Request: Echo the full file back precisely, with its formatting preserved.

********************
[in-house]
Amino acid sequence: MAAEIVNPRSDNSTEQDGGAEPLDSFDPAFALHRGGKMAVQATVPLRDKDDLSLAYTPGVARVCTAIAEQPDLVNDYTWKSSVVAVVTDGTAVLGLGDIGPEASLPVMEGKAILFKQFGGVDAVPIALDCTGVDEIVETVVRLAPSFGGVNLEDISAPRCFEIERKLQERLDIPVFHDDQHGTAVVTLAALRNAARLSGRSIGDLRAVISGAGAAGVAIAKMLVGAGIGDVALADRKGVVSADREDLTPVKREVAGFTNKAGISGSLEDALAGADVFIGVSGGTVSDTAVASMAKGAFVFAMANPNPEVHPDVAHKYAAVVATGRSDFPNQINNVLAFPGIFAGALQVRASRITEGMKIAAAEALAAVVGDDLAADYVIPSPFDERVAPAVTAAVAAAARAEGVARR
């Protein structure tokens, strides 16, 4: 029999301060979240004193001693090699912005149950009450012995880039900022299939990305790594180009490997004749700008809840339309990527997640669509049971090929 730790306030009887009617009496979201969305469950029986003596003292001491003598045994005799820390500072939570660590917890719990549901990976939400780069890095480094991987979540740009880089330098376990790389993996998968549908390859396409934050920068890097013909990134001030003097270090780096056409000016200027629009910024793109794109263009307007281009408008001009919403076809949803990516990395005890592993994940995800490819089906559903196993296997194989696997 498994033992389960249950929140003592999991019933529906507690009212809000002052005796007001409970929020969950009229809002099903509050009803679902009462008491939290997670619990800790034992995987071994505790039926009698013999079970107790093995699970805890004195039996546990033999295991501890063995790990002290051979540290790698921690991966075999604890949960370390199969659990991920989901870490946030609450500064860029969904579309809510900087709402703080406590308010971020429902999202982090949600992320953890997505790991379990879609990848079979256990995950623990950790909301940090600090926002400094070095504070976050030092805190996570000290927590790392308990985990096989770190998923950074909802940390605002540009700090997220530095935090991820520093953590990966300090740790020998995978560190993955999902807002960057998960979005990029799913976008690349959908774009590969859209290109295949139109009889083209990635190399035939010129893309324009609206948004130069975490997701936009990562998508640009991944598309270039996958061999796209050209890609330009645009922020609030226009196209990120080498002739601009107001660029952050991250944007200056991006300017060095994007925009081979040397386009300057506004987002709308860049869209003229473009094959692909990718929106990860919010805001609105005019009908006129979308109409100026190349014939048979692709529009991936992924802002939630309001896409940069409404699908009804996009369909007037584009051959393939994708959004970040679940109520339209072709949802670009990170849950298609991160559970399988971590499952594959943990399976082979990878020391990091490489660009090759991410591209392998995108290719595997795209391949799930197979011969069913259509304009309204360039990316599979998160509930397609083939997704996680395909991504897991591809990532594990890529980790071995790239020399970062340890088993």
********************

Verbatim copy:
[in-house]
Amino acid sequence: MAAEIVNPRSDNSTEQDGGAEPLDSFDPAFALHRGGKMAVQATVPLRDKDDLSLAYTPGVARVCTAIAEQPDLVNDYTWKSSVVAVVTDGTAVLGLGDIGPEASLPVMEGKAILFKQFGGVDAVPIALDCTGVDEIVETVVRLAPSFGGVNLEDISAPRCFEIERKLQERLDIPVFHDDQHGTAVVTLAALRNAARLSGRSIGDLRAVISGAGAAGVAIAKMLVGAGIGDVALADRKGVVSADREDLTPVKREVAGFTNKAGISGSLEDALAGADVFIGVSGGTVSDTAVASMAKGAFVFAMANPNPEVHPDVAHKYAAVVATGRSDFPNQINNVLAFPGIFAGALQVRASRITEGMKIAAAEALAAVVGDDLAADYVIPSPFDERVAPAVTAAVAAAARAEGVARR
């Protein structure tokens, strides 16, 4: 029999301060979240004193001693090699912005149950009450012995880039900022299939990305790594180009490997004749700008809840339309990527997640669509049971090929 730790306030009887009617009496979201969305469950029986003596003292001491003598045994005799820390500072939570660590917890719990549901990976939400780069890095480094991987979540740009880089330098376990790389993996998968549908390859396409934050920068890097013909990134001030003097270090780096056409000016200027629009910024793109794109263009307007281009408008001009919403076809949803990516990395005890592993994940995800490819089906559903196993296997194989696997 498994033992389960249950929140003592999991019933529906507690009212809000002052005796007001409970929020969950009229809002099903509050009803679902009462008491939290997670619990800790034992995987071994505790039926009698013999079970107790093995699970805890004195039996546990033999295991501890063995790990002290051979540290790698921690991966075999604890949960370390199969659990991920989901870490946030609450500064860029969904579309809510900087709402703080406590308010971020429902999202982090949600992320953890997505790991379990879609990848079979256990995950623990950790909301940090600090926002400094070095504070976050030092805190996570000290927590790392308990985990096989770190998923950074909802940390605002540009700090997220530095935090991820520093953590990966300090740790020998995978560190993955999902807002960057998960979005990029799913976008690349959908774009590969859209290109295949139109009889083209990635190399035939010129893309324009609206948004130069975490997701936009990562998508640009991944598309270039996958061999796209050209890609330009645009922020609030226009196209990120080498002739601009107001660029952050991250944007200056991006300017060095994007925009081979040397386009300057506004987002709308860049869209003229473009094959692909990718929106990860919010805001609105005019009908006129979308109409100026190349014939048979692709529009991936992924802002939630309001896409940069409404699908009804996009369909007037584009051959393939994708959004970040679940109520339209072709949802670009990170849950298609991160559970399988971590499952594959943990399976082979990878020391990091490489660009090759991410591209392998995108290719595997795209391949799930197979011969069913259509304009309204360039990316599979998160509930397609083939997704996680395909991504897991591809990532594990890529980790071995790239020399970062340890088993």